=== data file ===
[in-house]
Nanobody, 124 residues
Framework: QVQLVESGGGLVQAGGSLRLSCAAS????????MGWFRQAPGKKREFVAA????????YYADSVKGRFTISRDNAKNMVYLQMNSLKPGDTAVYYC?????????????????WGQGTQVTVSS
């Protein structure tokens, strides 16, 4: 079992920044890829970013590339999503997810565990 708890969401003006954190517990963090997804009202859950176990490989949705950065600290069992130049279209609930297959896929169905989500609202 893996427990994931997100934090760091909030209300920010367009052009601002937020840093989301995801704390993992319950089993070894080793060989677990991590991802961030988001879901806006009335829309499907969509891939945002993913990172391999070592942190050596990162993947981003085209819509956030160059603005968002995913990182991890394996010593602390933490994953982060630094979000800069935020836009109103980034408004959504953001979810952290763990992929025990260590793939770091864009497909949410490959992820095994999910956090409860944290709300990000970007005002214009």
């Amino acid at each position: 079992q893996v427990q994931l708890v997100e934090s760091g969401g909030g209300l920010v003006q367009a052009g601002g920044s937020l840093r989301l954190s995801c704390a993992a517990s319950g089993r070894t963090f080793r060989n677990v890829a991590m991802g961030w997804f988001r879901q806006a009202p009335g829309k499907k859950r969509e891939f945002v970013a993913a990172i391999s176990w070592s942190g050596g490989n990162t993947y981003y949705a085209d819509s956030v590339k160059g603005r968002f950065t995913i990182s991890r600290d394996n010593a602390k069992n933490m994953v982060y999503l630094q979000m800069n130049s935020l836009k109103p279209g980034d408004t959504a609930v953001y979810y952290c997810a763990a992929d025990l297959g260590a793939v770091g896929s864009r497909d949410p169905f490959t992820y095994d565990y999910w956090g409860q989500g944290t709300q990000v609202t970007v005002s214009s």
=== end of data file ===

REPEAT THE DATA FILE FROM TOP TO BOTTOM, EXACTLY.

[in-house]
Nanobody, 124 residues
Framework: QVQLVESGGGLVQAGGSLRLSCAAS????????MGWFRQAPGKKREFVAA????????YYADSVKGRFTISRDNAKNMVYLQMNSLKPGDTAVYYC?????????????????WGQGTQVTVSS
């Protein structure tokens, strides 16, 4: 079992920044890829970013590339999503997810565990 708890969401003006954190517990963090997804009202859950176990490989949705950065600290069992130049279209609930297959896929169905989500609202 893996427990994931997100934090760091909030209300920010367009052009601002937020840093989301995801704390993992319950089993070894080793060989677990991590991802961030988001879901806006009335829309499907969509891939945002993913990172391999070592942190050596990162993947981003085209819509956030160059603005968002995913990182991890394996010593602390933490994953982060630094979000800069935020836009109103980034408004959504953001979810952290763990992929025990260590793939770091864009497909949410490959992820095994999910956090409860944290709300990000970007005002214009």
């Amino acid at each position: 079992q893996v427990q994931l708890v997100e934090s760091g969401g909030g209300l920010v003006q367009a052009g601002g920044s937020l840093r989301l954190s995801c704390a993992a517990s319950g089993r070894t963090f080793r060989n677990v890829a991590m991802g961030w997804f988001r879901q806006a009202p009335g829309k499907k859950r969509e891939f945002v970013a993913a990172i391999s176990w070592s942190g050596g490989n990162t993947y981003y949705a085209d819509s956030v590339k160059g603005r968002f950065t995913i990182s991890r600290d394996n010593a602390k069992n933490m994953v982060y999503l630094q979000m800069n130049s935020l836009k109103p279209g980034d408004t959504a609930v953001y979810y952290c997810a763990a992929d025990l297959g260590a793939v770091g896929s864009r497909d949410p169905f490959t992820y095994d565990y999910w956090g409860q989500g944290t709300q990000v609202t970007v005002s214009s």